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Applicability of Lactococcus hircilactis and Lactococcus laudensis as dairy cultures

Tidona, Flavio, Meucci, Aurora, Povolo, Milena, Pelizzola, Valeria, Zago, Miriam, Contarini, Giovanna, Carminati, Domenico, Giraffa, Giorgio
International journal of food microbiology 2018 v.271 pp. 1-7
Lactococcus, acetic acid, acetoin, antioxidants, carbon, cheesemaking, cheeses, citrates, diacetyl, ethanol, exopolysaccharides, flavor, folic acid, galactose, lactic acid, lactose, milk, pH, phenotype, proteolysis, selective media, starter cultures, temperature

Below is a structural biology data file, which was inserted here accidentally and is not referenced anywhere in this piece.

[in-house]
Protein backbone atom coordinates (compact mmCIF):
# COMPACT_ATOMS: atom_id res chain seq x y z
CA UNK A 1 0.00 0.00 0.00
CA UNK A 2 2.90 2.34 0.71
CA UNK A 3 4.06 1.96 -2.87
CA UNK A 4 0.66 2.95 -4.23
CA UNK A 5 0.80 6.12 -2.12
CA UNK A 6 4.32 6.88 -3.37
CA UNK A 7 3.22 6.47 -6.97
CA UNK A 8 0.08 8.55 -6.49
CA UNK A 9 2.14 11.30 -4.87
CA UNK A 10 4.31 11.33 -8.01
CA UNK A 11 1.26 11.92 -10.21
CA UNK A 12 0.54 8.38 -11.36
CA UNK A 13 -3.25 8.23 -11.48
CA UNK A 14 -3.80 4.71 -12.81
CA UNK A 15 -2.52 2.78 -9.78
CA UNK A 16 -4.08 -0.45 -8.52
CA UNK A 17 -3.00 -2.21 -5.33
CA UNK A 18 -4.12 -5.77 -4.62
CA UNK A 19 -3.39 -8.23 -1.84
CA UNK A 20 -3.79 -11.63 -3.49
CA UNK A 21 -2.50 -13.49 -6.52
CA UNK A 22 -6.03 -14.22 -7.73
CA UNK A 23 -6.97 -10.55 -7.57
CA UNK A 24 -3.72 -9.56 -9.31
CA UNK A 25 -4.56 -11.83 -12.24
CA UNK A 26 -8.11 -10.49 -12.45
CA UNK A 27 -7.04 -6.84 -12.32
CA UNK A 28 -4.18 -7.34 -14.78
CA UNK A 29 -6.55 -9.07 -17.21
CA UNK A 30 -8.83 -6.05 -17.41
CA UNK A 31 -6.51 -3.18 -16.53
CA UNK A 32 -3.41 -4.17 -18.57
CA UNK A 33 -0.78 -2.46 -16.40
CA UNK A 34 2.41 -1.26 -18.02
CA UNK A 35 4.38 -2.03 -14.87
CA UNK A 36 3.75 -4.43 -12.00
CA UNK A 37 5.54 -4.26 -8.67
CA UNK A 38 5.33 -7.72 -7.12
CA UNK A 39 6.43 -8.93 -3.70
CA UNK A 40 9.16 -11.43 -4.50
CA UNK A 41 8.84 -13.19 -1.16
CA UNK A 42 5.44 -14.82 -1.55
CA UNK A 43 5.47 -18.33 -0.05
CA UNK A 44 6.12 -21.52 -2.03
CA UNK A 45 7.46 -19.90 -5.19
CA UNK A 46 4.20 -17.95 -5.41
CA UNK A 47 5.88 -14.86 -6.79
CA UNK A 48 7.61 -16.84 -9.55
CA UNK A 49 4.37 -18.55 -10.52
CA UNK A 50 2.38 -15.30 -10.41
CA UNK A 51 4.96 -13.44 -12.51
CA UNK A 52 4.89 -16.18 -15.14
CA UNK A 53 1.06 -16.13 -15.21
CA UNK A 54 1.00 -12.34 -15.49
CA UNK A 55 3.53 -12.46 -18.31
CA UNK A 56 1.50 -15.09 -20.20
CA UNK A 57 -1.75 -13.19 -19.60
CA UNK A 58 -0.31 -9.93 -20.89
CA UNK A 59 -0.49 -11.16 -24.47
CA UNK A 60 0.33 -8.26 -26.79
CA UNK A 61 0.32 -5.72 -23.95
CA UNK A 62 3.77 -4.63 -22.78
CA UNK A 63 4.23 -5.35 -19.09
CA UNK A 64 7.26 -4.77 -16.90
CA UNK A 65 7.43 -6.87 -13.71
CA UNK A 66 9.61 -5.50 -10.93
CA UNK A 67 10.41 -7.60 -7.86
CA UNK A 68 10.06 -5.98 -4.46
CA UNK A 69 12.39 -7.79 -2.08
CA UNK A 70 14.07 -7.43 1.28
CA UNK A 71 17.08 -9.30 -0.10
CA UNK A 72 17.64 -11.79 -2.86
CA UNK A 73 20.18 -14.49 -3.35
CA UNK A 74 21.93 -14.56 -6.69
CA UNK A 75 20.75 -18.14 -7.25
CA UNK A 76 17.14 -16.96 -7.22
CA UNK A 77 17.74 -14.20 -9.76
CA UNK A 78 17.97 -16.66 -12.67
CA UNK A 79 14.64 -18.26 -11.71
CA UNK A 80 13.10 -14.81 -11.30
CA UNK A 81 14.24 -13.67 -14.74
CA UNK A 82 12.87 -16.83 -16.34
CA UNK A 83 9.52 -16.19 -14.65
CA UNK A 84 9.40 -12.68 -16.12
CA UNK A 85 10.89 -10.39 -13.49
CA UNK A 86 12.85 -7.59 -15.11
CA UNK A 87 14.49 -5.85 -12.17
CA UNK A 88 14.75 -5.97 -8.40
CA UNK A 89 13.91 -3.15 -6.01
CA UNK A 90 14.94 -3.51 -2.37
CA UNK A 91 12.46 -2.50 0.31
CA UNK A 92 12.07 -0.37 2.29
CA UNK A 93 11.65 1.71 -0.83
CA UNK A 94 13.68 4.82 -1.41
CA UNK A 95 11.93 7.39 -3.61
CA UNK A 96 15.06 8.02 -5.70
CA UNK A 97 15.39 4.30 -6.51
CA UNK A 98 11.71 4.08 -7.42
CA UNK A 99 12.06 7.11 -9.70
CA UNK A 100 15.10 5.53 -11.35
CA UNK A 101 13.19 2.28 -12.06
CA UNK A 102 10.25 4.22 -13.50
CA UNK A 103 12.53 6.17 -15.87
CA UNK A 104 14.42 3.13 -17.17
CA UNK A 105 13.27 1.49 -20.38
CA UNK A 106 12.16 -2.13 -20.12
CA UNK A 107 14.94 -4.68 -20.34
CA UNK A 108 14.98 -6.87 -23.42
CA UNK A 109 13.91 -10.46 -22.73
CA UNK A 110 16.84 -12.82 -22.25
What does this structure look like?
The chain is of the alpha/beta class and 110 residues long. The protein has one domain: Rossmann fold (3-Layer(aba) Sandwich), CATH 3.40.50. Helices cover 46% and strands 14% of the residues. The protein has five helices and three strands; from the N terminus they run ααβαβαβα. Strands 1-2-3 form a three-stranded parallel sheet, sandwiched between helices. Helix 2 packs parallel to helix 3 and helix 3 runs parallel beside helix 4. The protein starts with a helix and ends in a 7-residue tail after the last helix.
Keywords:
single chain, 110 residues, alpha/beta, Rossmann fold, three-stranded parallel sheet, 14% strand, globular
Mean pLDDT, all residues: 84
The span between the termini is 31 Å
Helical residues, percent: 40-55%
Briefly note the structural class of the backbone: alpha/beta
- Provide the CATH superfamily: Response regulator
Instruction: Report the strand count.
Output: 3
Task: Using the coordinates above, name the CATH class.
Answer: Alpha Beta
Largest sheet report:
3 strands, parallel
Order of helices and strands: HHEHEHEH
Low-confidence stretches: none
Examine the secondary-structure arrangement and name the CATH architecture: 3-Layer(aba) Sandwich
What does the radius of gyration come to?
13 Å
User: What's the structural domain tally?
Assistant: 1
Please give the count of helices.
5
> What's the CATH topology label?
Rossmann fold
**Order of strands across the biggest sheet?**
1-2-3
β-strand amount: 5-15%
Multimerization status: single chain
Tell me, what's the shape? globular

The aim of this study was to evaluate whether Lactococcus hircilactis and Lactococcus laudensis can be used as starter cultures. To this end, the two lactococci were characterized for traits of technological and functional interest. Tests in milk included growth at 20, 25, 30, and 37 °C, flavor production, antioxidant (AO) activity, folate and exopolysaccharide (EPS) production. At 30 °C, which resulted the best growth temperature for both strains, Lc. hircilactis and Lc. laudensis lowered the pH of the milk to 4.8 and 5.5, respectively, after 24 h of incubation. Sugar and organic acid composition indicated a higher lactose utilization, coupled with a higher lactate accumulation, by Lc. hircilactis, while galactose was completely consumed by both species. Both strains showed a Cit− phenotype after growth in a selective medium containing citrate as the sole carbon source. Nevertheless, a small amount of citrate was used by both lactococci when grown in milk. The two strains were characterized by a different flavor production, showed high AO activity, and produced small amounts of EPS (~30 mg/L). Lactococcus laudensis showed a weak proteolytic activity while Lc. hircilactis was able to accumulate folate at levels four times higher than uninoculated milk. When the two lactococci were tested as starter cultures in small-scale cheesemaking trials, cheeses resulted of satisfying quality and contained amounts of ethanol, acetic acid, diacetyl and acetoin higher than controls, obtained using a commercial culture. The application of Lc. hircilactis and Lc. laudensis as aromatic cultures in cheesemaking is proposed.